Paper - The developing third nerve nucleus in human embryos

From Embryology
Embryology - 16 Jan 2019    Facebook link Pinterest link Twitter link  Expand to Translate  
Google Translate - select your language from the list shown below (this will open a new external page)

العربية | català | 中文 | 中國傳統的 | français | Deutsche | עִברִית | हिंदी | bahasa Indonesia | italiano | 日本語 | 한국어 | မြန်မာ | Pilipino | Polskie | português | ਪੰਜਾਬੀ ਦੇ | Română | русский | Español | Swahili | Svensk | ไทย | Türkçe | اردو | ייִדיש | Tiếng Việt    These external translations are automated and may not be accurate. (More? About Translations)

Mann IC. The developing third nerve nucleus in human embryos (1927) J Anat. 61(4): 424-438. PubMed 17104156

Online Editor  
Mark Hill.jpg
This historic 1927 paper by Ida Mann describes the development of the third cranial nerve nucleus, the oculomotor nucleus (CNIII).

See also by this author - Mann IC. The development of the human iris (1925) Br J Ophthalmol. 9(10): 495-512. PubMed 18168498

Modern Notes:

Cranial Nerve Links: Neural | Neural Crest | CN I | CN II | CN III| CN IV | CN V | CN VI | CN VII | CN VIII | CN IX | CN X | CN XI | CN XII | placodes | Category:Cranial Nerve
Historic Embryology Cranial Nerves 
1908 10 mm Human Embryo | 1912 Cerebral Nerves | 1925 Rat Ganglia | 1927 Oculomotor | 1938 Spinal Accessory | 1938 Hypoglossal | 1941 Olfactory | 1943 Oculomotor | 1947 Facial
Historic Disclaimer - information about historic embryology pages 
Mark Hill.jpg
Pages where the terms "Historic Textbook" and "Historic Embryology" appear on this site, and sections within pages where this disclaimer appears, indicate that the content and scientific understanding are specific to the time of publication. This means that while some scientific descriptions are still accurate, the terminology and interpretation of the developmental mechanisms reflect the understanding at the time of original publication and those of the preceding periods, these terms and interpretations may not reflect our current scientific understanding.     (More? Embryology History | Historic Embryology Papers)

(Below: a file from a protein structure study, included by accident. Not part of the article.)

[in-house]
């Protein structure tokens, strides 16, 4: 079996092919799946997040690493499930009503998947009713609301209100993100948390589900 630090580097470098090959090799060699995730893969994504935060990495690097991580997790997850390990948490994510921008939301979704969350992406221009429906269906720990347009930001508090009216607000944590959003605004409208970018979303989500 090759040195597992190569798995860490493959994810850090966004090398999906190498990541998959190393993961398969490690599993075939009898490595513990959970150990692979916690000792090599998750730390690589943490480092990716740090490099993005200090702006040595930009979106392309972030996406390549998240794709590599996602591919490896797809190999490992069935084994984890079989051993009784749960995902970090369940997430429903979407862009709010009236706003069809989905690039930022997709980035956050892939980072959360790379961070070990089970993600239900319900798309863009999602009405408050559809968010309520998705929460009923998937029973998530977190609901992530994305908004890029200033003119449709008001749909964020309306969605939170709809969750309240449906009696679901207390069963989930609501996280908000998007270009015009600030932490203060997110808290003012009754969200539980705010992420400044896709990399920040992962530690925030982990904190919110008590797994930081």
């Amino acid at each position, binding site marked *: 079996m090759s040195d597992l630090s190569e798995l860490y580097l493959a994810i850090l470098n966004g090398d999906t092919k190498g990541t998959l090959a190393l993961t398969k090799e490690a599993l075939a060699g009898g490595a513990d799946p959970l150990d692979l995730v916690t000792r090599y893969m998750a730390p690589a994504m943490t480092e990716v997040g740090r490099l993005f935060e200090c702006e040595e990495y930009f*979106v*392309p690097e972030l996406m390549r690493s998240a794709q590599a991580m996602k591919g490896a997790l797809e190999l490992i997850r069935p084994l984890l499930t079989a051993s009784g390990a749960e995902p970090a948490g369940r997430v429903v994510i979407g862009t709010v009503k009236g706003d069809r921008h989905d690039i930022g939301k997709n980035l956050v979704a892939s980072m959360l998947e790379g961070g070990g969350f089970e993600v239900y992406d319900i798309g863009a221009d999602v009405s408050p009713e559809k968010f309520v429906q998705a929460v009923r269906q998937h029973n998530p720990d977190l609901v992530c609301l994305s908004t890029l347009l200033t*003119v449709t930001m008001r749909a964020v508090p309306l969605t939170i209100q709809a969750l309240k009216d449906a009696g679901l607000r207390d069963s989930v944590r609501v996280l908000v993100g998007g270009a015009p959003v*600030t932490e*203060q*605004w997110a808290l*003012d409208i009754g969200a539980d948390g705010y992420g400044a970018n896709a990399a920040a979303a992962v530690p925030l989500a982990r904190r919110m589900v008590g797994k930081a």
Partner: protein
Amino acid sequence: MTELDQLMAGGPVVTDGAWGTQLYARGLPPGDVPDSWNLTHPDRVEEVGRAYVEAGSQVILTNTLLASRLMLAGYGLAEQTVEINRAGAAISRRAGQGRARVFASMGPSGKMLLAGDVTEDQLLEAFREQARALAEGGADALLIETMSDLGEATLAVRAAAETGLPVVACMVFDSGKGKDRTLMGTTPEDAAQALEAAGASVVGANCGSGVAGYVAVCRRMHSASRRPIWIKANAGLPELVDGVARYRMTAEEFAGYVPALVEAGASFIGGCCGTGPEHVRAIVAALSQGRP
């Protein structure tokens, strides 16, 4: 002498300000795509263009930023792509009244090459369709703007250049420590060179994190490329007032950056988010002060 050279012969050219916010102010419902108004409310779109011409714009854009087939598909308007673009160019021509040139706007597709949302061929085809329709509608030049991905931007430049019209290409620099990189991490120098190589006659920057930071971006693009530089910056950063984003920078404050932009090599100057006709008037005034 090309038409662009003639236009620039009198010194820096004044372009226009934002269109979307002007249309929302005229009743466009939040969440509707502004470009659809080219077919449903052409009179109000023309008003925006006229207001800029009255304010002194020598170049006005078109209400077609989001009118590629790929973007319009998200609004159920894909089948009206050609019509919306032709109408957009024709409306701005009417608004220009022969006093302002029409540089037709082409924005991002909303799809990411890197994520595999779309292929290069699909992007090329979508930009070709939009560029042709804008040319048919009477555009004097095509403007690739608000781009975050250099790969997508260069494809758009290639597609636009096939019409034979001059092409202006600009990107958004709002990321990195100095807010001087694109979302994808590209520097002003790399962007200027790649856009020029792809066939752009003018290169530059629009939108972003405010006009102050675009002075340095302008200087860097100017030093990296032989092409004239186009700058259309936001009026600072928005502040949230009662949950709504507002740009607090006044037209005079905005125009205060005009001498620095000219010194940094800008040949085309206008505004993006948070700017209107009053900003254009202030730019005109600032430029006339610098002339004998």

The Developing Third Nerve Nucleus in Human Embryos

Ida Caroline Mann
Ida Caroline Mann (1893-1983)

Ida C. Mann, M.B., F.R.C.S. Eng.

From the Department of Anatomy, St Mary’s Hospital Medical School (1927)

Work done under a grant from the Medical Research Council.


Although a great deal of work has been published on the phylogenetic evolution of the various cell groups commonly considered to form part of the third nerve nucleus in man, there does not appear to have been any exhaustive investigation of their ontogenetic development. The present paper is an attempt to trace the changes of form which the nucleus undergoes, in human embryos, from its earliest appearance until birth. The enquiry has served both to bring out two points of interest with regard to the ontogeny and to add a possible further item of evidence anent the vexed question of the localisation of function in the various cell groups which make up the nucleus. In the first place it becomes obvious that differentiation of shape of the nucleus occurs very much earlier than was previously thought, while one also sees that the ontogenetic changes of form do not correspond in sequence, as is usually stated, with the generally assumed phylogeny. The evidence re localisation of function is concerned with the question of the association of the Edinger-Westphal nucleus with the movements of the pupil and of the nucleus of Perlia with convergence. Before proceeding further in a discussion of the formation of the nucleus

it is necessary to explain the nomenclature to be followed. There are many classifications of the cell groups, some based on anatomical, others on physio- logical observations. The latter are the more elaborate and imply the existence of anatomically separate cell groups corresponding to each of the extrinsic and intrinsic ocular muscles. It must be said at the outset that such cell groups have never been demonstrated conclusively microscopically and that in all probability they do not occur, the localisation of function being of course quite possible without them.